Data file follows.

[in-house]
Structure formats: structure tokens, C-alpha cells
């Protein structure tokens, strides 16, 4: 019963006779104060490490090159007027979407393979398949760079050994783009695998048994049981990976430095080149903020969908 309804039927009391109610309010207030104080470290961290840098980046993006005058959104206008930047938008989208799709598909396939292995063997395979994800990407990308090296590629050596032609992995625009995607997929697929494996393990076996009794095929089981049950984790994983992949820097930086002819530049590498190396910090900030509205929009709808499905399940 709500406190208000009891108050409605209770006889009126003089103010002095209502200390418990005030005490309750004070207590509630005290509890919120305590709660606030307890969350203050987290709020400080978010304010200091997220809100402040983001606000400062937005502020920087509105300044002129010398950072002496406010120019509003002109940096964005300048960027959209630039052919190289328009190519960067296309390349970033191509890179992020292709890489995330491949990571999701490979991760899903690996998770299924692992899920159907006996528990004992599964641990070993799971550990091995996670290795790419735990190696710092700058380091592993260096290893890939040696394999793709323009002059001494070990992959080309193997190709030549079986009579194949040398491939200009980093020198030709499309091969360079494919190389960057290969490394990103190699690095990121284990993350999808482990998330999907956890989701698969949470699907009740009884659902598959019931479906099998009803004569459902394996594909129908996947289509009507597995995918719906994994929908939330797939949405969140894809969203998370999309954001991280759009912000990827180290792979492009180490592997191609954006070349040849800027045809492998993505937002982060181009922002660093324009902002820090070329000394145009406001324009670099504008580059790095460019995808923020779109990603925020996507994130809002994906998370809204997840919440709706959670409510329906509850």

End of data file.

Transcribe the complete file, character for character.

[in-house]
Structure formats: structure tokens, C-alpha cells
């Protein structure tokens, strides 16, 4: 019963006779104060490490090159007027979407393979398949760079050994783009695998048994049981990976430095080149903020969908 309804039927009391109610309010207030104080470290961290840098980046993006005058959104206008930047938008989208799709598909396939292995063997395979994800990407990308090296590629050596032609992995625009995607997929697929494996393990076996009794095929089981049950984790994983992949820097930086002819530049590498190396910090900030509205929009709808499905399940 709500406190208000009891108050409605209770006889009126003089103010002095209502200390418990005030005490309750004070207590509630005290509890919120305590709660606030307890969350203050987290709020400080978010304010200091997220809100402040983001606000400062937005502020920087509105300044002129010398950072002496406010120019509003002109940096964005300048960027959209630039052919190289328009190519960067296309390349970033191509890179992020292709890489995330491949990571999701490979991760899903690996998770299924692992899920159907006996528990004992599964641990070993799971550990091995996670290795790419735990190696710092700058380091592993260096290893890939040696394999793709323009002059001494070990992959080309193997190709030549079986009579194949040398491939200009980093020198030709499309091969360079494919190389960057290969490394990103190699690095990121284990993350999808482990998330999907956890989701698969949470699907009740009884659902598959019931479906099998009803004569459902394996594909129908996947289509009507597995995918719906994994929908939330797939949405969140894809969203998370999309954001991280759009912000990827180290792979492009180490592997191609954006070349040849800027045809492998993505937002982060181009922002660093324009902002820090070329000394145009406001324009670099504008580059790095460019995808923020779109990603925020996507994130809002994906998370809204997840919440709706959670409510329906509850």